You’d think the disturbing things that have happened at the Tower of London would have upset sensitive little me, but I was fascinated. I look starstruck in the picture above, which is a bit sad.

The London Eye was absolutely breathtaking. My mom’s fear of heights forced her to stay on the ground, but the rest of us went up this rather expensive Ferris wheel and definitely got our money’s worth. Even if you’re on a budget, this is something you can’t miss. I hear the Shard has equally epic views – can’t wait to test it out when I someday get back to London.


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This next photo is, in my opinion, one of the best my dad has ever taken. The combination of the double decker buses, lion statue, and Big Ben towering in the background immediately evoke a certain feeling in me.


Writing this post made me feel even more nostalgic for London. As a transportation hub and the easiest European city to get to from Halifax, I’m sure I’ll be back someday (Update September 2016 – I have now been twice more!) – do you love London as much as I do?

Day of Henges: Stonehenge and Avebury

My family couldn’t go to England without hitting up Stonehenge, one of the most popular tourist attractions in the country – and we couldn’t resist throwing another henge in there! From our home in the English countryside, we drove a bit over an hour to see Avebury Stone Circle first. It’s much less frequented than Stonehenge, and I certainly hadn’t heard of it until we went…but we loved it!


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Sheep roam freely among the stones of Avebury, and the relaxed and uncrowded atmosphere means that Avebury has a completely different vibe than Stonehenge. The National Trust has made sure this site is well protected, and the gate put up to prevent local cows from coming in is just one of those protective measures – so English.

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This place feels much more real than Stonehenge, which is so well kept and touristy that it doesn’t seem as authentic. Here, it feels like you’ve stepped back into a time when these stones were used for whatever their purpose was –  magic, worship, etc.


After another 45 minute drive, we arrived among the mob of tourists at Stonehenge on this gorgeous sunny day. For a very detailed and intelligent perspective on our experience (cue the sarcasm), let’s refer to the travel journal I kept at the time:

We went to Stonehenge. VERY crowded. However there wasn’t the raucous noise you would expect. We went around with the audio tours. I love audio tours. We got ice cream again :). I love ice cream.”

How helpful. I do, however, remember loving the audio tour! It’s a place that you really need to know some history to enjoy, so the audio enriched our experience and made us feel a bit more knowledgeable.

Every picture I share of me and my sister is very humiliating. Oh well.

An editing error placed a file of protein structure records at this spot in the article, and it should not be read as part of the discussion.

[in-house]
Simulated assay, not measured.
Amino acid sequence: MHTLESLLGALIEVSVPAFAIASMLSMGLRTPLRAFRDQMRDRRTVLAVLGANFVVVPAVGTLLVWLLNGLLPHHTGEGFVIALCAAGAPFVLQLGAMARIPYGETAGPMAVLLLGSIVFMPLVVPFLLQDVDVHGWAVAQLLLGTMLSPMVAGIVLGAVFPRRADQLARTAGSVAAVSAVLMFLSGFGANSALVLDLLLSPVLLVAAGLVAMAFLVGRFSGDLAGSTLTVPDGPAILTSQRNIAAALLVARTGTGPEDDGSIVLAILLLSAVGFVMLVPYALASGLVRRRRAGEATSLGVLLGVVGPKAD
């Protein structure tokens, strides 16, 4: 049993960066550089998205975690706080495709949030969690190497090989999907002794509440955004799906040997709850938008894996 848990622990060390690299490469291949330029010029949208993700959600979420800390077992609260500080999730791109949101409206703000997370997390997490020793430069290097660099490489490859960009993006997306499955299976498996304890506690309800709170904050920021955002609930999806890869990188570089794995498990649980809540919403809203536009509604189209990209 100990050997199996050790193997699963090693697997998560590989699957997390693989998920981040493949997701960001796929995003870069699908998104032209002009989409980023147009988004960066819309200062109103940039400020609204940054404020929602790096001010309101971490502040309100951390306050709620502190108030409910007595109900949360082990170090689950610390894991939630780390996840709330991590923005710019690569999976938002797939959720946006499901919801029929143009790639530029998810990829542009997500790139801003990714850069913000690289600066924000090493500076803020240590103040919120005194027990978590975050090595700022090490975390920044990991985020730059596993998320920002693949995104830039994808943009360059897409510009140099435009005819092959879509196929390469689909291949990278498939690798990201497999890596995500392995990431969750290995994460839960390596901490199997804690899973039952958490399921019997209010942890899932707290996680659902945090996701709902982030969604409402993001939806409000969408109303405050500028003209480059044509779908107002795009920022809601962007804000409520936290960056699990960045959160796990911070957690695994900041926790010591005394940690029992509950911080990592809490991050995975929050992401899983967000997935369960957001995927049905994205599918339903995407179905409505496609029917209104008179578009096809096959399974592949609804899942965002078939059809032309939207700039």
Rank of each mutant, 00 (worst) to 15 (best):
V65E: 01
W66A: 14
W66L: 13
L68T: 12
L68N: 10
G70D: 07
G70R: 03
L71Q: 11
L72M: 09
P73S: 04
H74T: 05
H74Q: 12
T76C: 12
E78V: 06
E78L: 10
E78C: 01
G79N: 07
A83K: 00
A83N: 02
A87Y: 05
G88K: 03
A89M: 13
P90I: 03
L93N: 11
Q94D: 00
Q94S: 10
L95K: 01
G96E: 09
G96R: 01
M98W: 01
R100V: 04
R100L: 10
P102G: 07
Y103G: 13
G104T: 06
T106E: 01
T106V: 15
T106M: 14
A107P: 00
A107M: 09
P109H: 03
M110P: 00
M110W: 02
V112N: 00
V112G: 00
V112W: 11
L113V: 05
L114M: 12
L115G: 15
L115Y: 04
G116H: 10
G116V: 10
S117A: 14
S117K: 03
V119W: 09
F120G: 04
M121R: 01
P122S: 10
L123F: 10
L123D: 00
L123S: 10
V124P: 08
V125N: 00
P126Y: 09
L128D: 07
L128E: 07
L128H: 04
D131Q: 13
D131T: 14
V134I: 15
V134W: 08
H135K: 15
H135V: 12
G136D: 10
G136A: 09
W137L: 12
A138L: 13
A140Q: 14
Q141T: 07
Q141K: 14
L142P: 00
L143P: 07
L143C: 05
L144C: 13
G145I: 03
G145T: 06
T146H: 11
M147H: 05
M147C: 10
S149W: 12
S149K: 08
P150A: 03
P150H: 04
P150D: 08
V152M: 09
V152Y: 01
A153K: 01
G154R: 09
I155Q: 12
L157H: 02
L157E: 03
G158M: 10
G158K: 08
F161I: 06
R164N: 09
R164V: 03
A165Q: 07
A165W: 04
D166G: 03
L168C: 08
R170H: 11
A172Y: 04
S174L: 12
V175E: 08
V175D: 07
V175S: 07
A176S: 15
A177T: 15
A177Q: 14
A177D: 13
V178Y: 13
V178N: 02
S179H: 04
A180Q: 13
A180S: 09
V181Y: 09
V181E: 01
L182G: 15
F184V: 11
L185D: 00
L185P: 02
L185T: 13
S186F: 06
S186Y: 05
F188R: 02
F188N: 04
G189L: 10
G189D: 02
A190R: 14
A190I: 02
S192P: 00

Every picture I share of me and my sister is very humiliating. Oh well.

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All in all, our day of henges at Stonehenge and Avebury was great! I would absolutely recommend combining a day trip to Stonehenge with one to Avebury, as they’re quite close and have completely different feels.

Have you ever been to Stonehenge? Would you like to go? What about Avebury? Do you love audio tours and ice cream as much as I do? 

Our Home in the English Countryside

One of the best trips my family has taken was to England 7 or 8 years ago. For about two weeks, we roamed the English countryside and hit all the main sights before packing as much of London as we could into a few short days. Although we all wish we had more time in London, our home in the English countryside was an amazing home base to get to places like Bath, Durdle Door and Stonehenge.


I’ve talked before about the type of place we like to stay in the Caribbean, and we had the same checklist for England! Here, we did something a bit different and exchanged homes with another family. On a smaller scale than our move to Australia (we exchanged homes, cars and jobs with the family), we swapped houses to live in full comfort for our respective trips.

Our gorgeous country home was in Lamyatt, a tiny town near Bruton & Glastonbury. It was so great to have an entire house (plus two cats!) to ourselves as opposed to a cramped hotel room. We all got our own bedrooms, and in true English fashion the sprawling house had various sitting rooms and a great yard.

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The views from our house were absolutely beautiful, and staying in a home really gave us a different experience of English life.

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If you’re interested in swapping homes, there are a lot of very reputable websites out there like, Homelink and Intervac. I know my family definitely recommends home exchange – and look for lots more posts in the next few weeks about our time in England.